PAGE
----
By Lisa Ballantyne. Grade: C
A little boy was found dead in a children’s playground…Daniel Hunter has spent years defending lost causes as a solicitor in London. But his life changes when he is introduced to Sebastian, an eleven-year-old accused of murdering an innocent young boy. As he plunges into the muddy depths of Sebastian’s troubled home life, Daniel thinks back to his own childhood in foster care – and to Minnie, the woman whose love saved him, until she, too, betrayed him so badly that he cut her out of his life. But what crime did Minnie commit that made Daniel disregard her for fifteen years? And will Daniel’s identification with a child on trial for murder make him question everything he ever believed in?
This book starts out with the story of Sebastian. A child on trial. The book also shares with us Daniel’s story. The lawyer on trial. But he’s on a very different judgement stand than Sebastian. Daniel is on his own trial. He’s overcome with grief and resentment towards his foster parent Minnie for betraying him and now she’s dead. We don’t see these emotions playing a large part in the court case he has taken on though. What we do see is the understanding Daniel has of Sebastian’s predicament.
It seems both Daniel and Sebastian had mothers they had to take care of because the mothers couldn’t always take care of themselves. They both had rough spots they had to get over and they both had to deal with violence. But then Daniel is the lawyer and Sebastian is the kid. They are both individuals and the similarities have to end somewhere.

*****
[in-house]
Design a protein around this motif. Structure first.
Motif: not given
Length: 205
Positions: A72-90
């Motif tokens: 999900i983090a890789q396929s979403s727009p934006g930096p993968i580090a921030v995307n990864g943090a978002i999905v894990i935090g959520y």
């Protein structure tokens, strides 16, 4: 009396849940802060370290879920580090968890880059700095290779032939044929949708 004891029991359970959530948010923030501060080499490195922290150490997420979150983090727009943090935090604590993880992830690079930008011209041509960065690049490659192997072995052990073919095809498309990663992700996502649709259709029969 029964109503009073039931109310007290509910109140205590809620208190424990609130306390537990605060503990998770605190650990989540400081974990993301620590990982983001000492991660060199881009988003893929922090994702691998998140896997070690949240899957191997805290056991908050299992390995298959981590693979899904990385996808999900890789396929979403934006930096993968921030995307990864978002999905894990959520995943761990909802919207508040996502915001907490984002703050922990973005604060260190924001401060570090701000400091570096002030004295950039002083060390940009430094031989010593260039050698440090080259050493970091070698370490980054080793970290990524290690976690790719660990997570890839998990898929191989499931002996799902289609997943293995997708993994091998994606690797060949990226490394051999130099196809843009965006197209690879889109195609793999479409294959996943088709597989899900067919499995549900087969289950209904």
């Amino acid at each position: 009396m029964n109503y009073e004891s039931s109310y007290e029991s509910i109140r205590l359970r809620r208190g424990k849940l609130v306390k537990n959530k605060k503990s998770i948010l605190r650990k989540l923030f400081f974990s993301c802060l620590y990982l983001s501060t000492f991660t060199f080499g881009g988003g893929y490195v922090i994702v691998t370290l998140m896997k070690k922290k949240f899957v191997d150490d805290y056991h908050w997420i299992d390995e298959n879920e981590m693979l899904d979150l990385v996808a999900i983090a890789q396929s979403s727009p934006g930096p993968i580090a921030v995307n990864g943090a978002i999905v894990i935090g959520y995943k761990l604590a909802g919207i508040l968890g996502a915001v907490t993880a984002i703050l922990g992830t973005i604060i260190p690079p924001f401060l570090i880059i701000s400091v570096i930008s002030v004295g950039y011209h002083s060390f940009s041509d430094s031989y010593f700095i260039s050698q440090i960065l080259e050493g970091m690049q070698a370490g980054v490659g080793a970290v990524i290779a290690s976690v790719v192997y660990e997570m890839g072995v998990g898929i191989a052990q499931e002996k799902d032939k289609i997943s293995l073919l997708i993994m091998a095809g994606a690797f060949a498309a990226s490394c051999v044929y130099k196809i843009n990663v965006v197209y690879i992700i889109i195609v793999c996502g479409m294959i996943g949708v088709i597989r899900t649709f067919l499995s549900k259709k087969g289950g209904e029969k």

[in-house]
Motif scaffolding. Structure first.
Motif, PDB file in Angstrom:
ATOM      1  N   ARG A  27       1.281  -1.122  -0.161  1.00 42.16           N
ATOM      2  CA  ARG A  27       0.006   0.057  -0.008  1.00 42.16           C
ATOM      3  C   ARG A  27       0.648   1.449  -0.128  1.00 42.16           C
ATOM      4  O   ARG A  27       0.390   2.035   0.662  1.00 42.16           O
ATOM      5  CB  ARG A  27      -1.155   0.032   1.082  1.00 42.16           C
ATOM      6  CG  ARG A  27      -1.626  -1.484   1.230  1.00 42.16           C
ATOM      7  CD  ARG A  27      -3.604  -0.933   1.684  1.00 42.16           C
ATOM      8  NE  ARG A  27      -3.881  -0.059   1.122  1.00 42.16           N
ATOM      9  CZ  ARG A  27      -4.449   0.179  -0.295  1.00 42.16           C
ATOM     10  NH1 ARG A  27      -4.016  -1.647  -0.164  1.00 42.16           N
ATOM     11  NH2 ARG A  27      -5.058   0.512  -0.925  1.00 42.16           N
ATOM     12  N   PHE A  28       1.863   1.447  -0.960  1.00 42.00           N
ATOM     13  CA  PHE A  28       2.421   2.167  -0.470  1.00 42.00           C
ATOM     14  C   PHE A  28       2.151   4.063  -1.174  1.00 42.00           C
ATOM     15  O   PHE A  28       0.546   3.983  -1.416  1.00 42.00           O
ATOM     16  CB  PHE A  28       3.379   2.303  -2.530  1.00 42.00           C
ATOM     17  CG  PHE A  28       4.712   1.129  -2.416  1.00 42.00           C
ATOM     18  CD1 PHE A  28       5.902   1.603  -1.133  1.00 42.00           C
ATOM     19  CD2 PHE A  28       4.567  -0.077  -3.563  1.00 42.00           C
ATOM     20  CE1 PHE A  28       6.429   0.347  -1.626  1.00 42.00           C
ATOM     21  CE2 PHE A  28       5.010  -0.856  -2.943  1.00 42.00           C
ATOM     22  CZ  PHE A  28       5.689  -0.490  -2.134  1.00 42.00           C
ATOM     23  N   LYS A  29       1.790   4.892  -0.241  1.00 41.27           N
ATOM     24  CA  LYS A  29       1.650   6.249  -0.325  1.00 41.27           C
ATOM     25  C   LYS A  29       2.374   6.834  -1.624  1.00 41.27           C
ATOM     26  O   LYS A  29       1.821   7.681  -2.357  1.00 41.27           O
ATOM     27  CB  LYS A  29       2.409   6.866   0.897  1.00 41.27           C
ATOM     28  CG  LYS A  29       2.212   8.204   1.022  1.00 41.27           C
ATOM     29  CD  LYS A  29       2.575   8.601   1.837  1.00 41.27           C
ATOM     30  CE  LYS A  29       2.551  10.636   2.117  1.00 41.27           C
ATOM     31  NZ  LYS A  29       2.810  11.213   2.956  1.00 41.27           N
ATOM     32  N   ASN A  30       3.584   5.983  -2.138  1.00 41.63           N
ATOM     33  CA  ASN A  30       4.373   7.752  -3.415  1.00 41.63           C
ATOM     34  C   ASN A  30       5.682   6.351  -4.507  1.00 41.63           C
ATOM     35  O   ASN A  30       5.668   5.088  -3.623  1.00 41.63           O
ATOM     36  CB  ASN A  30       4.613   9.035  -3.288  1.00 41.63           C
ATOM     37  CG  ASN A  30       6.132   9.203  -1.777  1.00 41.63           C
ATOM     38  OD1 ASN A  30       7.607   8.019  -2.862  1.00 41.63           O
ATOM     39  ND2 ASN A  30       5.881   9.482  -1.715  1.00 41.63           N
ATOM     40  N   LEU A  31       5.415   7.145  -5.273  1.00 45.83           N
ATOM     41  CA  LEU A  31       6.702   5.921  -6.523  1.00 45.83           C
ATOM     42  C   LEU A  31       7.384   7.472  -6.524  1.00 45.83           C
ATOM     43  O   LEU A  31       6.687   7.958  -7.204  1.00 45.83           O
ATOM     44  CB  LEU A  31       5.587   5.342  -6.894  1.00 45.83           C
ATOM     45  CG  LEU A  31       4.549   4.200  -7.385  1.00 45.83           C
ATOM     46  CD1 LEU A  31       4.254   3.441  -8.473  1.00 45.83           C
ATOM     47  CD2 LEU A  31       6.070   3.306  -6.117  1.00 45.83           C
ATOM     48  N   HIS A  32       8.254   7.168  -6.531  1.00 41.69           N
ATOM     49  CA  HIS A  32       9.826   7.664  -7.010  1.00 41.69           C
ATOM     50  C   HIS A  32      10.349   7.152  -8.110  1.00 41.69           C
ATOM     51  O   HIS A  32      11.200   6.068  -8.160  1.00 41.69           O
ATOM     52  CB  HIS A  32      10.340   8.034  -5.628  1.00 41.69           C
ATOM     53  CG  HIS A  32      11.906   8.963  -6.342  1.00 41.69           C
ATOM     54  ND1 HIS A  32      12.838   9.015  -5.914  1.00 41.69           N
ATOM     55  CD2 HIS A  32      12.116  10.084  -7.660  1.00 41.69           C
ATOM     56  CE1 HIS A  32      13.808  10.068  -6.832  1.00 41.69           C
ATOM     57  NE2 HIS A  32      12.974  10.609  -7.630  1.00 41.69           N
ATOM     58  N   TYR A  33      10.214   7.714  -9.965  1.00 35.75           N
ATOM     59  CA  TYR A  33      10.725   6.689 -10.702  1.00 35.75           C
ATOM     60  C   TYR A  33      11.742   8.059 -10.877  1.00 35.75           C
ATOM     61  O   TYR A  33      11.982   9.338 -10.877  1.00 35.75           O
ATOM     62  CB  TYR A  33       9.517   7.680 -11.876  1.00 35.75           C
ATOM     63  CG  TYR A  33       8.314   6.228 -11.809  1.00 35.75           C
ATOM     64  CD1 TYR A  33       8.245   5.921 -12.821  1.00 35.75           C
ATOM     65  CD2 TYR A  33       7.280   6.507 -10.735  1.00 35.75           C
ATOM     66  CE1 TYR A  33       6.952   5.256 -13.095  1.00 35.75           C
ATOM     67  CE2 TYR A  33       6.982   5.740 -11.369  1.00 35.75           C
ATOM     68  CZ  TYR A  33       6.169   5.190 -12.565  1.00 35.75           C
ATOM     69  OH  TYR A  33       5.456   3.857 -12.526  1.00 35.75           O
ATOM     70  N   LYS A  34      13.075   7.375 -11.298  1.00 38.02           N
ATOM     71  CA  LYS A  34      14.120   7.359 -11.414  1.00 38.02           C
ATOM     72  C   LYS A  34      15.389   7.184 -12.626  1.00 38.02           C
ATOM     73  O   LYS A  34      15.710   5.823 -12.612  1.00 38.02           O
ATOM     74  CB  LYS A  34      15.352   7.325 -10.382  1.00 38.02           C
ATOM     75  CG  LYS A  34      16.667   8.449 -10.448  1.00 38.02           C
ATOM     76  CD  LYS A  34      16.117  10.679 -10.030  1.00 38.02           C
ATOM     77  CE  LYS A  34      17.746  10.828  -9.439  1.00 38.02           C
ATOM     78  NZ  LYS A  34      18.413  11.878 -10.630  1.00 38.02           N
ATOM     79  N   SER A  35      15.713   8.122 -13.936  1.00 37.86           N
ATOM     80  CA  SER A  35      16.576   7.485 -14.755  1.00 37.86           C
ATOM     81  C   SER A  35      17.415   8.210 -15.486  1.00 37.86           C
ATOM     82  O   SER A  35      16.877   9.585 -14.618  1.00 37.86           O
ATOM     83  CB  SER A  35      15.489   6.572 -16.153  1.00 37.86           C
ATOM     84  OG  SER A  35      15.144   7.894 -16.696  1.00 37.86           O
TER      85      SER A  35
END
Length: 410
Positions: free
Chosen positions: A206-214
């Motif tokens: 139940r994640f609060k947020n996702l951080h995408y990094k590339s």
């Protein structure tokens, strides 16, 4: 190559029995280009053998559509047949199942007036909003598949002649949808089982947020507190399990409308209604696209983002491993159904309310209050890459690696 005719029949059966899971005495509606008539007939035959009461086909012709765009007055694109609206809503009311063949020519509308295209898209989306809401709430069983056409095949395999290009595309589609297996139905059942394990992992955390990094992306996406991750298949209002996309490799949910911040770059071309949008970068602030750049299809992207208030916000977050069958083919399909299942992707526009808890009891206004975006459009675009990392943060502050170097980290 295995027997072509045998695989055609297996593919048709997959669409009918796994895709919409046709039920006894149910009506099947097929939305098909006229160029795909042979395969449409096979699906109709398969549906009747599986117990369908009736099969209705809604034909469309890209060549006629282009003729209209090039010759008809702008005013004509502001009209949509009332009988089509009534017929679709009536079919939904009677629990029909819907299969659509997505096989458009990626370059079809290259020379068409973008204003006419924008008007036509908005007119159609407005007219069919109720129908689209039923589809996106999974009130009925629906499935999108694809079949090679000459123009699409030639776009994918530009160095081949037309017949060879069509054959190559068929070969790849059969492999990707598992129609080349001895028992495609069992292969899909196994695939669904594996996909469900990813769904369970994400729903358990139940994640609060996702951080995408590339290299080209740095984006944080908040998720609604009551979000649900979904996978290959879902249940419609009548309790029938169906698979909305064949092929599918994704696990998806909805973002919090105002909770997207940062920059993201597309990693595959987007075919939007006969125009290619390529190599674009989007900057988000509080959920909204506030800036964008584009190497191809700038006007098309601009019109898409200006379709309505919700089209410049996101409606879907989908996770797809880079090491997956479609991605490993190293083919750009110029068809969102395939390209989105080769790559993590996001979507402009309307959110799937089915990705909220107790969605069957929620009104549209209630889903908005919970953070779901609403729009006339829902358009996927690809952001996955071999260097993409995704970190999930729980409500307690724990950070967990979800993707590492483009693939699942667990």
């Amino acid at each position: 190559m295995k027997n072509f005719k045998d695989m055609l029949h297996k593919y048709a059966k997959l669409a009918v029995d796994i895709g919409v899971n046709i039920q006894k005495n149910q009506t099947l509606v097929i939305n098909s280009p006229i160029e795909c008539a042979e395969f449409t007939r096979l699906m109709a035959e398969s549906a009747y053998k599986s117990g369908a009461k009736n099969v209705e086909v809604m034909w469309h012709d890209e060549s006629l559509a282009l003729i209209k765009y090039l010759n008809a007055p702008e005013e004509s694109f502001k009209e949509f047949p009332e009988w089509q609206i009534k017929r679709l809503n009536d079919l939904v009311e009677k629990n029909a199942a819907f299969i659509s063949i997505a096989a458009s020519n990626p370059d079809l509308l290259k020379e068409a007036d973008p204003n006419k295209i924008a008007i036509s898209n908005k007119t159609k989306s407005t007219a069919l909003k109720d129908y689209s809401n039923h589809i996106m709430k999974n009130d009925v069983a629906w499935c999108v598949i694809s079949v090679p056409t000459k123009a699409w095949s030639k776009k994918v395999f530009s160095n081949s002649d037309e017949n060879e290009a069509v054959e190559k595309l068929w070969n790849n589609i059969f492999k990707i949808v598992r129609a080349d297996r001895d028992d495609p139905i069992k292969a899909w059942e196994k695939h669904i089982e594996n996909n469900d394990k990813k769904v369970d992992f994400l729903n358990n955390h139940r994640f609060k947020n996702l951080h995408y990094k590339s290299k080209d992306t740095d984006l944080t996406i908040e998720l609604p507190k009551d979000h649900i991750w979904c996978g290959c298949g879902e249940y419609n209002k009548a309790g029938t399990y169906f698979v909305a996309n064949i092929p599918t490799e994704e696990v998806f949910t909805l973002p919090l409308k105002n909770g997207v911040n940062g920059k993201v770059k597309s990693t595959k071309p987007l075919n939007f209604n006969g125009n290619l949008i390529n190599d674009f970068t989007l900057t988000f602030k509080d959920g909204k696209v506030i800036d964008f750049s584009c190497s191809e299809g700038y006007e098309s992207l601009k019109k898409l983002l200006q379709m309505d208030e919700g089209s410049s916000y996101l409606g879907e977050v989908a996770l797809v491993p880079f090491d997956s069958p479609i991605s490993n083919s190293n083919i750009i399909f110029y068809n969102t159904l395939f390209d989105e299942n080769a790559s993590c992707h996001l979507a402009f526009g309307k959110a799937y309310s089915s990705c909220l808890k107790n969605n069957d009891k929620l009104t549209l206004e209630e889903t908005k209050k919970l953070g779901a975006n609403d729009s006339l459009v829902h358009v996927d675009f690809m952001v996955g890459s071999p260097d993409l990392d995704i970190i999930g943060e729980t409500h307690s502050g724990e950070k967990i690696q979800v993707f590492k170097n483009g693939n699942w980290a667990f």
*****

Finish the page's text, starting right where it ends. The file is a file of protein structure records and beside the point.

I didn’t find the book particular memorable. It’s something you may read to pass the time. A good airplane book maybe. The story progresses slowly and you may have to commit yourself to finishing it. This book isn’t filled with explosions and twists and turns. There is a small bit of anticipation but you may get bored before you see your anticipation fulfilled. I would say this though, it is not so easy to guess the end.
And maybe that’s what’s wrong with this book for me. The reading was so slow, so little information was given or hinted that I wasn’t really trying to make any guesses. The writing was slow and methodical. It was practiced and poised, not leading you on…just taking you there. Like a slow coach train.
In conclusion, there are other books I have enjoyed more. But you could enjoy this book. Possibly you would have to be someone who never saw a police drama on television in your life. Then you wouldn’t be used to the very creative writers who come up with very creative ways a crime can be committed and the reasons crimes are committed. On the other hand, sometimes bad deeds are just bad deeds and maybe that’s what this book was written for.